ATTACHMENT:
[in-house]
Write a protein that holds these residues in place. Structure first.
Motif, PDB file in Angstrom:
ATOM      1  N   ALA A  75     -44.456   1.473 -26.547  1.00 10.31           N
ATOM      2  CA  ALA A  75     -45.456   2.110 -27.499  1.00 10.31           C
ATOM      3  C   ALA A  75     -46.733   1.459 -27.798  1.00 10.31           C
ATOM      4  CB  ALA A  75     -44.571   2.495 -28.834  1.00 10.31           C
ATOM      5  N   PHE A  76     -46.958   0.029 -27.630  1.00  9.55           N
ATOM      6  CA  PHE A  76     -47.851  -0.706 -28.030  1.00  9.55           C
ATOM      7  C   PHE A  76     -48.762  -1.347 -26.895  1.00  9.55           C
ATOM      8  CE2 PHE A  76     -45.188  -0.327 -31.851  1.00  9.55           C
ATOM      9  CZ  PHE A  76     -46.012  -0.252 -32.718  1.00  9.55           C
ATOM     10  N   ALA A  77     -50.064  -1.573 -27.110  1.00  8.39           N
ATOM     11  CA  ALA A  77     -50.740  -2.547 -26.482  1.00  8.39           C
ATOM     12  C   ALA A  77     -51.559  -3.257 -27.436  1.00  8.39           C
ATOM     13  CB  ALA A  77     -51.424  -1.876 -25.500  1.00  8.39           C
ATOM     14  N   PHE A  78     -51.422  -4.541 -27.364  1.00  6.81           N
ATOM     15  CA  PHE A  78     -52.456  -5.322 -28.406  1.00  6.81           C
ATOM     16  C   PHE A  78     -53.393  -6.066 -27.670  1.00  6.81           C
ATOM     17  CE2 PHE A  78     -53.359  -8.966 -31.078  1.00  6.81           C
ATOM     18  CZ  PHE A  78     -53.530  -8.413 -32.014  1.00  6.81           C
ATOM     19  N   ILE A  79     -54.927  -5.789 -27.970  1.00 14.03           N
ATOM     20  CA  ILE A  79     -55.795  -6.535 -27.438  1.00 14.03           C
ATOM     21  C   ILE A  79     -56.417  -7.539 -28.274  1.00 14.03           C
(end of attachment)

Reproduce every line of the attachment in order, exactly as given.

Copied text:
[in-house]
Write a protein that holds these residues in place. Structure first.
Motif, PDB file in Angstrom:
ATOM      1  N   ALA A  75     -44.456   1.473 -26.547  1.00 10.31           N
ATOM      2  CA  ALA A  75     -45.456   2.110 -27.499  1.00 10.31           C
ATOM      3  C   ALA A  75     -46.733   1.459 -27.798  1.00 10.31           C
ATOM      4  CB  ALA A  75     -44.571   2.495 -28.834  1.00 10.31           C
ATOM      5  N   PHE A  76     -46.958   0.029 -27.630  1.00  9.55           N
ATOM      6  CA  PHE A  76     -47.851  -0.706 -28.030  1.00  9.55           C
ATOM      7  C   PHE A  76     -48.762  -1.347 -26.895  1.00  9.55           C
ATOM      8  CE2 PHE A  76     -45.188  -0.327 -31.851  1.00  9.55           C
ATOM      9  CZ  PHE A  76     -46.012  -0.252 -32.718  1.00  9.55           C
ATOM     10  N   ALA A  77     -50.064  -1.573 -27.110  1.00  8.39           N
ATOM     11  CA  ALA A  77     -50.740  -2.547 -26.482  1.00  8.39           C
ATOM     12  C   ALA A  77     -51.559  -3.257 -27.436  1.00  8.39           C
ATOM     13  CB  ALA A  77     -51.424  -1.876 -25.500  1.00  8.39           C
ATOM     14  N   PHE A  78     -51.422  -4.541 -27.364  1.00  6.81           N
ATOM     15  CA  PHE A  78     -52.456  -5.322 -28.406  1.00  6.81           C
ATOM     16  C   PHE A  78     -53.393  -6.066 -27.670  1.00  6.81           C
ATOM     17  CE2 PHE A  78     -53.359  -8.966 -31.078  1.00  6.81           C
ATOM     18  CZ  PHE A  78     -53.530  -8.413 -32.014  1.00  6.81           C
ATOM     19  N   ILE A  79     -54.927  -5.789 -27.970  1.00 14.03           N
ATOM     20  CA  ILE A  79     -55.795  -6.535 -27.438  1.00 14.03           C
ATOM     21  C   ILE A  79     -56.417  -7.539 -28.274  1.00 14.03           C